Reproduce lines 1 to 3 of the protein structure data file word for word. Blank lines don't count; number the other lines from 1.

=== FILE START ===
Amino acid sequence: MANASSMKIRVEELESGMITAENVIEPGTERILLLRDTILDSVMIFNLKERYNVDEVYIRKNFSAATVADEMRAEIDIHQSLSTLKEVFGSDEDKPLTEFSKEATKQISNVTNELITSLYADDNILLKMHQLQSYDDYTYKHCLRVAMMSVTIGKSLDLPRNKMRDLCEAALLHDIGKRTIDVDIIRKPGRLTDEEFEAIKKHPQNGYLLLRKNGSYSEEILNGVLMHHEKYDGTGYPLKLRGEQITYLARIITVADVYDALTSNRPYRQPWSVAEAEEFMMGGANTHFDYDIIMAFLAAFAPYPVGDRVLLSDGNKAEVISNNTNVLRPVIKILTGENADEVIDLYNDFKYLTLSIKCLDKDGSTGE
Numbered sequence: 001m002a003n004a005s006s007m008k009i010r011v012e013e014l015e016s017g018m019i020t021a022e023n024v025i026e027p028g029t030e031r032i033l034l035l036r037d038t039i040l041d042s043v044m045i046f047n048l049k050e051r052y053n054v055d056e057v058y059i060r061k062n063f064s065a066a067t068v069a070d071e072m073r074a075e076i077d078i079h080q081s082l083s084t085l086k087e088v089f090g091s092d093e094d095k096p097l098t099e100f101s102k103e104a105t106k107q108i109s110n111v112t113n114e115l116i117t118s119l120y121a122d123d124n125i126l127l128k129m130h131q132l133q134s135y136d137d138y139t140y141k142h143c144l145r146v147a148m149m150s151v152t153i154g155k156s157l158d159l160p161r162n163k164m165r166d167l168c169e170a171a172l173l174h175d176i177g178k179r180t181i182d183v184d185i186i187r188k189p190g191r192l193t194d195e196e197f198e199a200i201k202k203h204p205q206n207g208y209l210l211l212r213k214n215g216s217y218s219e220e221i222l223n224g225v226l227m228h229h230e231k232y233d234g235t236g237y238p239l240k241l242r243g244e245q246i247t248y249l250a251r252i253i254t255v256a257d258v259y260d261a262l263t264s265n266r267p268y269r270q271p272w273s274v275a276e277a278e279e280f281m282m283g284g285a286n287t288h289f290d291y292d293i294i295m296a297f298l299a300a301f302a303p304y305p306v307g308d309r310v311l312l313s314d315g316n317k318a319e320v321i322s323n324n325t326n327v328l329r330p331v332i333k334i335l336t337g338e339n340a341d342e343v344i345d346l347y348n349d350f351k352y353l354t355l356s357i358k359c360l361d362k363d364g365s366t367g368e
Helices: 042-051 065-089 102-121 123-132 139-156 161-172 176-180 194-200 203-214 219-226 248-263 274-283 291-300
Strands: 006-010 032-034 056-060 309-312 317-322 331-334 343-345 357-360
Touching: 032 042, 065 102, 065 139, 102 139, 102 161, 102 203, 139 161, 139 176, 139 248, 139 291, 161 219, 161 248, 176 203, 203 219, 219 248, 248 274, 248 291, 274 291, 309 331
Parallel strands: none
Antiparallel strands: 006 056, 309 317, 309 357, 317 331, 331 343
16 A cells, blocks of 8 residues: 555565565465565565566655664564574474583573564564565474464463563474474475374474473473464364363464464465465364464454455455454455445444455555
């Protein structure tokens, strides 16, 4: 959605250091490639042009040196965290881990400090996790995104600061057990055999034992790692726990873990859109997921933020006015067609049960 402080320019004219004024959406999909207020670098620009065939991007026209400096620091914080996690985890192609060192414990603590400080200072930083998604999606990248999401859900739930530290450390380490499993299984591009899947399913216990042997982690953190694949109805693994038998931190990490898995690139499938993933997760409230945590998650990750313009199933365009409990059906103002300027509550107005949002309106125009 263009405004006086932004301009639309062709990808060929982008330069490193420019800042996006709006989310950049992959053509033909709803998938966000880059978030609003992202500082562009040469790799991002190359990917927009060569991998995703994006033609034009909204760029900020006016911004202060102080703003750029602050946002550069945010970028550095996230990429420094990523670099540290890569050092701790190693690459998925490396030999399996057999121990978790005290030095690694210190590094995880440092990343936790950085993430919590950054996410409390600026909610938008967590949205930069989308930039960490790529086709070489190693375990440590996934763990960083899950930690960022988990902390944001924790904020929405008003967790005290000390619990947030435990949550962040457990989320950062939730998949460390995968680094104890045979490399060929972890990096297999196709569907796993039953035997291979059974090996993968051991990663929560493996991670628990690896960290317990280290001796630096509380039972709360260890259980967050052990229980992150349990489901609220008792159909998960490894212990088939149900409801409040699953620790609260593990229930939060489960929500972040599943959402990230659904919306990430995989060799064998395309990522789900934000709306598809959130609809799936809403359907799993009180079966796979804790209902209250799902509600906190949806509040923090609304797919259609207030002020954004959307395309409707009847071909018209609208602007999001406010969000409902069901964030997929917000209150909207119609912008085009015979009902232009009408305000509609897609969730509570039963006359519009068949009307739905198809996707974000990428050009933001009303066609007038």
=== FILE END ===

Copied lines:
Amino acid sequence: MANASSMKIRVEELESGMITAENVIEPGTERILLLRDTILDSVMIFNLKERYNVDEVYIRKNFSAATVADEMRAEIDIHQSLSTLKEVFGSDEDKPLTEFSKEATKQISNVTNELITSLYADDNILLKMHQLQSYDDYTYKHCLRVAMMSVTIGKSLDLPRNKMRDLCEAALLHDIGKRTIDVDIIRKPGRLTDEEFEAIKKHPQNGYLLLRKNGSYSEEILNGVLMHHEKYDGTGYPLKLRGEQITYLARIITVADVYDALTSNRPYRQPWSVAEAEEFMMGGANTHFDYDIIMAFLAAFAPYPVGDRVLLSDGNKAEVISNNTNVLRPVIKILTGENADEVIDLYNDFKYLTLSIKCLDKDGSTGE
Numbered sequence: 001m002a003n004a005s006s007m008k009i010r011v012e013e014l015e016s017g018m019i020t021a022e023n024v025i026e027p028g029t030e031r032i033l034l035l036r037d038t039i040l041d042s043v044m045i046f047n048l049k050e051r052y053n054v055d056e057v058y059i060r061k062n063f064s065a066a067t068v069a070d071e072m073r074a075e076i077d078i079h080q081s082l083s084t085l086k087e088v089f090g091s092d093e094d095k096p097l098t099e100f101s102k103e104a105t106k107q108i109s110n111v112t113n114e115l116i117t118s119l120y121a122d123d124n125i126l127l128k129m130h131q132l133q134s135y136d137d138y139t140y141k142h143c144l145r146v147a148m149m150s151v152t153i154g155k156s157l158d159l160p161r162n163k164m165r166d167l168c169e170a171a172l173l174h175d176i177g178k179r180t181i182d183v184d185i186i187r188k189p190g191r192l193t194d195e196e197f198e199a200i201k202k203h204p205q206n207g208y209l210l211l212r213k214n215g216s217y218s219e220e221i222l223n224g225v226l227m228h229h230e231k232y233d234g235t236g237y238p239l240k241l242r243g244e245q246i247t248y249l250a251r252i253i254t255v256a257d258v259y260d261a262l263t264s265n266r267p268y269r270q271p272w273s274v275a276e277a278e279e280f281m282m283g284g285a286n287t288h289f290d291y292d293i294i295m296a297f298l299a300a301f302a303p304y305p306v307g308d309r310v311l312l313s314d315g316n317k318a319e320v321i322s323n324n325t326n327v328l329r330p331v332i333k334i335l336t337g338e339n340a341d342e343v344i345d346l347y348n349d350f351k352y353l354t355l356s357i358k359c360l361d362k363d364g365s366t367g368e
Helices: 042-051 065-089 102-121 123-132 139-156 161-172 176-180 194-200 203-214 219-226 248-263 274-283 291-300